Leading US Democrat senators back nuclear talks with Iran in letter to Biden

Leading US Democrat senators back nuclear talks with Iran in letter to Biden
A letter sent to US President Biden by 27 Democratic senators says that sanctions on Iran should be lifted if it returns to compliance with the 2015 JCPOA nuclear deal.
2 min read
14 April, 2021
Iran's nuclear activities have increased since the US left the JCPOA [AFP/Getty]
A letter signed by 27 Democratic senators backing indirect talks with Tehran on the Iran nuclear deal has been sent to US President Joe Biden, US Senator Tim Kaine announced on his website on Tuesday.

The letter expressed support for the ending of sanctions against Tehran if it returns to the Joint Comprehensive Plan of Action (JCPOA) by adhering to the deal’s restrictions on its nuclear activities.

It also slammed Donald Trump’s “maximum pressure” stance on Iran, with the senators saying this “has brought Iran closer to the capacity to develop nuclear weapons.”

Senators Tim Kaine and Chris Murphy led on the letter and were joined by prominent figures like Bernie Sanders, Elizabeth Warren and Diane Feinstein.

Signatories said they were “encouraged” by the indirect talks between the US and Iran in the Austrian capital Vienna.

They added that returning to the Iran nuclear deal should be "one of [Biden's] early pressing national security priorities."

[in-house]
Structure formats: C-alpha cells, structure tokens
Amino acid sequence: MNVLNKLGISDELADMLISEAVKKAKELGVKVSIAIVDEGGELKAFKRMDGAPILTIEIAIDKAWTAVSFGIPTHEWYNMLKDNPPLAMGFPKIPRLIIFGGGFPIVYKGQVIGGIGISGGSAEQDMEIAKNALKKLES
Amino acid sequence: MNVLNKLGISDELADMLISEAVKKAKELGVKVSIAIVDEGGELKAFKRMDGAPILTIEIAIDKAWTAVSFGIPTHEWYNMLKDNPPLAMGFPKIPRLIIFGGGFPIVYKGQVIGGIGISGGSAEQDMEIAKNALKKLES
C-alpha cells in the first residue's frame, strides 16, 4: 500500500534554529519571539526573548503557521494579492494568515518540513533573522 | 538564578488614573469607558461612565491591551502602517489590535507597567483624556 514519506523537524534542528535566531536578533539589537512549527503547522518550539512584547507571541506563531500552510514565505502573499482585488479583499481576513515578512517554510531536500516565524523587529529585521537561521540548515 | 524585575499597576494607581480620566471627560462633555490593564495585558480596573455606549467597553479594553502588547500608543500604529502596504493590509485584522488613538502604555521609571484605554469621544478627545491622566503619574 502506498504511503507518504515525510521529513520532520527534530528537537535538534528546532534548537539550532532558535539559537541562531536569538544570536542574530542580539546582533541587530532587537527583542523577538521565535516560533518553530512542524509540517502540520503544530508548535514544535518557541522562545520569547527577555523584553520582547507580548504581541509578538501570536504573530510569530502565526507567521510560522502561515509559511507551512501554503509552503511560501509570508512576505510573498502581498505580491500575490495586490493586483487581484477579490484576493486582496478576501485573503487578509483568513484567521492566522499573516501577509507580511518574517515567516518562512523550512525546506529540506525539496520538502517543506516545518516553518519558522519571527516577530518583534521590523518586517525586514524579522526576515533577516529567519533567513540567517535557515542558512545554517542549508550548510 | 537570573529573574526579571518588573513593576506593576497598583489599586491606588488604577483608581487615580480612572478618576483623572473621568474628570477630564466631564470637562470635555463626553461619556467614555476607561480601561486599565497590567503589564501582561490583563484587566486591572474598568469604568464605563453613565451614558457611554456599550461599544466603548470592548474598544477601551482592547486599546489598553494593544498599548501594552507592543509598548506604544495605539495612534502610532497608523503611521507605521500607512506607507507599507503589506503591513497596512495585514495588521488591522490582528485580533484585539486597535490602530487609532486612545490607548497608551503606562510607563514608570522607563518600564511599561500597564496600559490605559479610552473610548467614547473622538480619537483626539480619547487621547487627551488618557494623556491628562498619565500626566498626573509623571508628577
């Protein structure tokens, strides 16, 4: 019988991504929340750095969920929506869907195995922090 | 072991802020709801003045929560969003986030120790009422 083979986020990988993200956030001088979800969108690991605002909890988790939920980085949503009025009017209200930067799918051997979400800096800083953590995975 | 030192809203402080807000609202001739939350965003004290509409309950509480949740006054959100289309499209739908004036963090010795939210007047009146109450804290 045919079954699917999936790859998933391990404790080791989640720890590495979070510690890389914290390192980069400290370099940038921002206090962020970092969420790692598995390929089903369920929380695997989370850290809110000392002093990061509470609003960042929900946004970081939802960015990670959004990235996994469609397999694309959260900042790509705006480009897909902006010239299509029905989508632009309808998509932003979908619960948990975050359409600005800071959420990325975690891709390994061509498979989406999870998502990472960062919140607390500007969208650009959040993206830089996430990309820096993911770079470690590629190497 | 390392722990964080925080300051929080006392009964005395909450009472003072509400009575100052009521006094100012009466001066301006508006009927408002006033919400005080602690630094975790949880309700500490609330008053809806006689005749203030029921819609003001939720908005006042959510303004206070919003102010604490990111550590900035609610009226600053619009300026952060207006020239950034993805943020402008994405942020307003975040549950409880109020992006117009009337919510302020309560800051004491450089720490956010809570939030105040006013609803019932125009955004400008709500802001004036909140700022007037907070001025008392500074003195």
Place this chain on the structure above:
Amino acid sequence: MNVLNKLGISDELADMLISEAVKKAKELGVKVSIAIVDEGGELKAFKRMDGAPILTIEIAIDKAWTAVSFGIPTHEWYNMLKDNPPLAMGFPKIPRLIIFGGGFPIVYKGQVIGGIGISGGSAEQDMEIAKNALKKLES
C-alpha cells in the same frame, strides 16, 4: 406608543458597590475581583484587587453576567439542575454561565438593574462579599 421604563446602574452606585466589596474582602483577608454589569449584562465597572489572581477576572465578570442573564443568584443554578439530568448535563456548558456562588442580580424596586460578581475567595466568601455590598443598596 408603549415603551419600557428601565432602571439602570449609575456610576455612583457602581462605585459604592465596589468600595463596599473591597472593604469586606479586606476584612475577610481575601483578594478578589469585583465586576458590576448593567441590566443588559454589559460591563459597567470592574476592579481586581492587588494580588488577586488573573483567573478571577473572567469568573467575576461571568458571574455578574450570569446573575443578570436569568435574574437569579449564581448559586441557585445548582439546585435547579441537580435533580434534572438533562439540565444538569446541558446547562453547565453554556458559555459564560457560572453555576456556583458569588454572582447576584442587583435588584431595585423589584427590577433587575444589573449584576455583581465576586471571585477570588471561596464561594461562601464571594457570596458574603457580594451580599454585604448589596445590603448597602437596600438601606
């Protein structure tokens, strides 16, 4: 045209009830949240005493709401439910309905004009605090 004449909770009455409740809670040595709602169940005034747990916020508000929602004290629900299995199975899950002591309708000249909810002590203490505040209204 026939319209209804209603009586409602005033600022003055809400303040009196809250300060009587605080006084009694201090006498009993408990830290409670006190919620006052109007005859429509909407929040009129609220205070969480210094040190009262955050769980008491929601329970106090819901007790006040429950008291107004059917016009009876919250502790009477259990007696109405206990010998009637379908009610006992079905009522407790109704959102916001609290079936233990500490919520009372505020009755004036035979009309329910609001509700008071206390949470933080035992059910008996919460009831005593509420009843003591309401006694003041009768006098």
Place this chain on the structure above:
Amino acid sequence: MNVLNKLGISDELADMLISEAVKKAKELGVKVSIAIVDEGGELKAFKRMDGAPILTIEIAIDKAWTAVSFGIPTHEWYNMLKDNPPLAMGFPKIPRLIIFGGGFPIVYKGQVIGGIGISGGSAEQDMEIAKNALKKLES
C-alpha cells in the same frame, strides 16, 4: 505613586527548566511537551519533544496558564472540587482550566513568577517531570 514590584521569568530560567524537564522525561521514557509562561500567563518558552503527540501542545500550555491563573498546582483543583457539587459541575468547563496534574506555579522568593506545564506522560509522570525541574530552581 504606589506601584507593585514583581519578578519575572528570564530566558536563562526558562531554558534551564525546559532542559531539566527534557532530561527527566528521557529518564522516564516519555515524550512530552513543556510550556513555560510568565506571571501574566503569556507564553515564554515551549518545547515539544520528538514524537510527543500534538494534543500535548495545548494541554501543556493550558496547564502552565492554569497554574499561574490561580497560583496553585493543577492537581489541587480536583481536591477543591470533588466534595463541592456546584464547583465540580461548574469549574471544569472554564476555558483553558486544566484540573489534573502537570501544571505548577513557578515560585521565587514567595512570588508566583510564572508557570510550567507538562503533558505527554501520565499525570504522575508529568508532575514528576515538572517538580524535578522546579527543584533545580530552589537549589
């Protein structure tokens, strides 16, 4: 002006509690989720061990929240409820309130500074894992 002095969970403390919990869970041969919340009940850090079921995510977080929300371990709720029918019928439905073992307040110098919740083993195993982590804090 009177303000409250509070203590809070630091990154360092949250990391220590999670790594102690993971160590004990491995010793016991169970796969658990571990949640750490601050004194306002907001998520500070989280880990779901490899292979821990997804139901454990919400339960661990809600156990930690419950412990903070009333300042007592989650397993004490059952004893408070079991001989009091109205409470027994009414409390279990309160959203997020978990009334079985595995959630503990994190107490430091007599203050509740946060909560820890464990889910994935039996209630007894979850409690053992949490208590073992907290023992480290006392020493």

The talks are also being attended by the other five parties to the JCPOA: China, France, Germany, Russia and the UK.

The 2015 JCPOA stipulated that Western sanctions against Iran would be lifted if it agreed to limit its enrichment of uranium and other nuclear activities.

Read more: Why Turkey wants Biden to salvage the Iran nuclear deal

The Kaine-Murphy letter followed a previous, more hawkish letter signed by Democratic and Republican senators supported by the pro-Israeli lobbying group AIPAC.

That letter, delivered last month, urged Biden to ensure that any potential agreement with Iran goes beyond the nuclear issue and tackles other Iranian activities, including its ballistic missile capabilities.

Robert Casey, a US Senator from Pennsylvania, signed up to both letters.

Trump cancelled the US’s involvement in the Obama-era Iran nuclear deal in 2018 and resumed sanctions against Tehran’s economic operations.

“This was a horrible, one-sided deal,” Trump said at the time

In response, Iran began to increasingly enrich uranium at levels exceeding those permitted by the 2015 deal.

On Tuesday, Iran announced that it would enrich uranium to 60% following a suspected Israeli sabotage attack on its nuclear facility in Natanz. The JCPOA deal only allows it to enrich to a level of 3.67%.

Media reports have said that an Israeli “cyber operation” could have caused the damage to the Natanz facility last Sunday.

However, on Monday Foreign Minister Mohammad Javad Zarif said Iran would not permit this attack to disrupt the Vienna talks.

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